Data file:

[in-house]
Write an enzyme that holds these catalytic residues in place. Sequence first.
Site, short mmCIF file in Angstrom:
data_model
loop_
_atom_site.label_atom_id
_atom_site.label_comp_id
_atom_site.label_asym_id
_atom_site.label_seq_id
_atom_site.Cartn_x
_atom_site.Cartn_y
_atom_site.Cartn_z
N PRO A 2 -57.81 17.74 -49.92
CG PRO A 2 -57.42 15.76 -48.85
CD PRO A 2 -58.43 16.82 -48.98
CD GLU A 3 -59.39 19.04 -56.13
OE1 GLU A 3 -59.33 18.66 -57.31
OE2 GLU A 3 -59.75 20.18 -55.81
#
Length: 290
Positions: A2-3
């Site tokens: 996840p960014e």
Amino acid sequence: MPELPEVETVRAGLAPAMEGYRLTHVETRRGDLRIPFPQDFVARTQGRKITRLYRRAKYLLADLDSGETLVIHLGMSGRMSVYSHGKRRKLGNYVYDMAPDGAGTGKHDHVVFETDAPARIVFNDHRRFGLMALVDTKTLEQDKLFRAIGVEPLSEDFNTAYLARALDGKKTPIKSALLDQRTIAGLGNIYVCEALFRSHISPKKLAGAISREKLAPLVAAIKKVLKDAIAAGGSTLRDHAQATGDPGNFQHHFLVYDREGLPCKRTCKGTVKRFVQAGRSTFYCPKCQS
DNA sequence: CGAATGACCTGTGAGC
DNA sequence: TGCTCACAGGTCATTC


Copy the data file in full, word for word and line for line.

[in-house]
Write an enzyme that holds these catalytic residues in place. Sequence first.
Site, short mmCIF file in Angstrom:
data_model
loop_
_atom_site.label_atom_id
_atom_site.label_comp_id
_atom_site.label_asym_id
_atom_site.label_seq_id
_atom_site.Cartn_x
_atom_site.Cartn_y
_atom_site.Cartn_z
N PRO A 2 -57.81 17.74 -49.92
CG PRO A 2 -57.42 15.76 -48.85
CD PRO A 2 -58.43 16.82 -48.98
CD GLU A 3 -59.39 19.04 -56.13
OE1 GLU A 3 -59.33 18.66 -57.31
OE2 GLU A 3 -59.75 20.18 -55.81
#
Length: 290
Positions: A2-3
């Site tokens: 996840p960014e």
Amino acid sequence: MPELPEVETVRAGLAPAMEGYRLTHVETRRGDLRIPFPQDFVARTQGRKITRLYRRAKYLLADLDSGETLVIHLGMSGRMSVYSHGKRRKLGNYVYDMAPDGAGTGKHDHVVFETDAPARIVFNDHRRFGLMALVDTKTLEQDKLFRAIGVEPLSEDFNTAYLARALDGKKTPIKSALLDQRTIAGLGNIYVCEALFRSHISPKKLAGAISREKLAPLVAAIKKVLKDAIAAGGSTLRDHAQATGDPGNFQHHFLVYDREGLPCKRTCKGTVKRFVQAGRSTFYCPKCQS
DNA sequence: CGAATGACCTGTGAGC
DNA sequence: TGCTCACAGGTCATTC